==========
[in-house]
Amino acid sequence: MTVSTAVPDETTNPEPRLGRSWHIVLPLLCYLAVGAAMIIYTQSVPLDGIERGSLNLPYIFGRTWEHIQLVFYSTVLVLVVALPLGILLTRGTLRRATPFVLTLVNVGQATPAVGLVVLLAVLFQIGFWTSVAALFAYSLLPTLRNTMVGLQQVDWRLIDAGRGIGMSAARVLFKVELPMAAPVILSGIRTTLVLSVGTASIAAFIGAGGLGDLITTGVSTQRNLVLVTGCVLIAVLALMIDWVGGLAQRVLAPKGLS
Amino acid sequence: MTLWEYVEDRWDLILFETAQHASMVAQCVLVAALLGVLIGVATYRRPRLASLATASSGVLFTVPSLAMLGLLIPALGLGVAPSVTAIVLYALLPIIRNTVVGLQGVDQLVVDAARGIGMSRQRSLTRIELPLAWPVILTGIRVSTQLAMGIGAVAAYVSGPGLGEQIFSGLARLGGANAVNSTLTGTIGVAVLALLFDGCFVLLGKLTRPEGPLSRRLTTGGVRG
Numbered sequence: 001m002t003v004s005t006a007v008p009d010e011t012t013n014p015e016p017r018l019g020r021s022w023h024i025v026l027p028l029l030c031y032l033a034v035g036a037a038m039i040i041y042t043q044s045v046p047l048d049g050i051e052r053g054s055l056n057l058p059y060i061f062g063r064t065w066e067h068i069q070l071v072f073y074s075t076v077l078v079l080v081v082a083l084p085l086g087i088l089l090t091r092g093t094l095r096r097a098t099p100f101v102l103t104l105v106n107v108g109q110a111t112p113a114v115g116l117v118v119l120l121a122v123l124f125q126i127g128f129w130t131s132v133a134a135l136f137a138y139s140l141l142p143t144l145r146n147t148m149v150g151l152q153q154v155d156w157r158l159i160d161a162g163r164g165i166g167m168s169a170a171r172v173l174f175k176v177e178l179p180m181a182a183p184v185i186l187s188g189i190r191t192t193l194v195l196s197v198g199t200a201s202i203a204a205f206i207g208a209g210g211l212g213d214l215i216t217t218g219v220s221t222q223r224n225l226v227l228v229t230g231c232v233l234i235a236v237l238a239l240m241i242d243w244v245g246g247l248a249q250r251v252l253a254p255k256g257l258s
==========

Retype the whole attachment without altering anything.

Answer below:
[in-house]
Amino acid sequence: MTVSTAVPDETTNPEPRLGRSWHIVLPLLCYLAVGAAMIIYTQSVPLDGIERGSLNLPYIFGRTWEHIQLVFYSTVLVLVVALPLGILLTRGTLRRATPFVLTLVNVGQATPAVGLVVLLAVLFQIGFWTSVAALFAYSLLPTLRNTMVGLQQVDWRLIDAGRGIGMSAARVLFKVELPMAAPVILSGIRTTLVLSVGTASIAAFIGAGGLGDLITTGVSTQRNLVLVTGCVLIAVLALMIDWVGGLAQRVLAPKGLS
Amino acid sequence: MTLWEYVEDRWDLILFETAQHASMVAQCVLVAALLGVLIGVATYRRPRLASLATASSGVLFTVPSLAMLGLLIPALGLGVAPSVTAIVLYALLPIIRNTVVGLQGVDQLVVDAARGIGMSRQRSLTRIELPLAWPVILTGIRVSTQLAMGIGAVAAYVSGPGLGEQIFSGLARLGGANAVNSTLTGTIGVAVLALLFDGCFVLLGKLTRPEGPLSRRLTTGGVRG
Numbered sequence: 001m002t003v004s005t006a007v008p009d010e011t012t013n014p015e016p017r018l019g020r021s022w023h024i025v026l027p028l029l030c031y032l033a034v035g036a037a038m039i040i041y042t043q044s045v046p047l048d049g050i051e052r053g054s055l056n057l058p059y060i061f062g063r064t065w066e067h068i069q070l071v072f073y074s075t076v077l078v079l080v081v082a083l084p085l086g087i088l089l090t091r092g093t094l095r096r097a098t099p100f101v102l103t104l105v106n107v108g109q110a111t112p113a114v115g116l117v118v119l120l121a122v123l124f125q126i127g128f129w130t131s132v133a134a135l136f137a138y139s140l141l142p143t144l145r146n147t148m149v150g151l152q153q154v155d156w157r158l159i160d161a162g163r164g165i166g167m168s169a170a171r172v173l174f175k176v177e178l179p180m181a182a183p184v185i186l187s188g189i190r191t192t193l194v195l196s197v198g199t200a201s202i203a204a205f206i207g208a209g210g211l212g213d214l215i216t217t218g219v220s221t222q223r224n225l226v227l228v229t230g231c232v233l234i235a236v237l238a239l240m241i242d243w244v245g246g247l248a249q250r251v252l253a254p255k256g257l258s